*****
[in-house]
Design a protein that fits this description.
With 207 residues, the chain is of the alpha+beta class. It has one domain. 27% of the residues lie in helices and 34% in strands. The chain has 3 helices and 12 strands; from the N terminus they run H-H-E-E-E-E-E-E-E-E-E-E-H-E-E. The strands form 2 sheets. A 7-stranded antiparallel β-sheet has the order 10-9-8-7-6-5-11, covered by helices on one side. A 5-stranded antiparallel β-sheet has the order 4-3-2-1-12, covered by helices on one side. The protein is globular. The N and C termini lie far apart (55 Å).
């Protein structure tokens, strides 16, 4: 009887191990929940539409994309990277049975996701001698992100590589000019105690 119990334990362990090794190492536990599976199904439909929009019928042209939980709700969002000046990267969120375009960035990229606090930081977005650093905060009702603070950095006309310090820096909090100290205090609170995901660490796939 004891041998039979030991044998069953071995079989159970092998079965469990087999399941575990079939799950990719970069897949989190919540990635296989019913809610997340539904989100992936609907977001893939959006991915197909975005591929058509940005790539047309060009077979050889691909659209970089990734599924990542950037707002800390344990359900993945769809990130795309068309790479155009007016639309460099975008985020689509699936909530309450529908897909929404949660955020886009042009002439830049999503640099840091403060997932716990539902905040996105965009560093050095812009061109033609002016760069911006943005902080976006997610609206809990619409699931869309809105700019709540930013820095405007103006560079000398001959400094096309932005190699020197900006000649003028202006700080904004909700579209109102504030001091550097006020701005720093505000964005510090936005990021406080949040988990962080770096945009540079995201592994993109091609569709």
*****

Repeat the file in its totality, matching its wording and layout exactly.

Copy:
[in-house]
Design a protein that fits this description.
With 207 residues, the chain is of the alpha+beta class. It has one domain. 27% of the residues lie in helices and 34% in strands. The chain has 3 helices and 12 strands; from the N terminus they run H-H-E-E-E-E-E-E-E-E-E-E-H-E-E. The strands form 2 sheets. A 7-stranded antiparallel β-sheet has the order 10-9-8-7-6-5-11, covered by helices on one side. A 5-stranded antiparallel β-sheet has the order 4-3-2-1-12, covered by helices on one side. The protein is globular. The N and C termini lie far apart (55 Å).
């Protein structure tokens, strides 16, 4: 009887191990929940539409994309990277049975996701001698992100590589000019105690 119990334990362990090794190492536990599976199904439909929009019928042209939980709700969002000046990267969120375009960035990229606090930081977005650093905060009702603070950095006309310090820096909090100290205090609170995901660490796939 004891041998039979030991044998069953071995079989159970092998079965469990087999399941575990079939799950990719970069897949989190919540990635296989019913809610997340539904989100992936609907977001893939959006991915197909975005591929058509940005790539047309060009077979050889691909659209970089990734599924990542950037707002800390344990359900993945769809990130795309068309790479155009007016639309460099975008985020689509699936909530309450529908897909929404949660955020886009042009002439830049999503640099840091403060997932716990539902905040996105965009560093050095812009061109033609002016760069911006943005902080976006997610609206809990619409699931869309809105700019709540930013820095405007103006560079000398001959400094096309932005190699020197900006000649003028202006700080904004909700579209109102504030001091550097006020701005720093505000964005510090936005990021406080949040988990962080770096945009540079995201592994993109091609569709």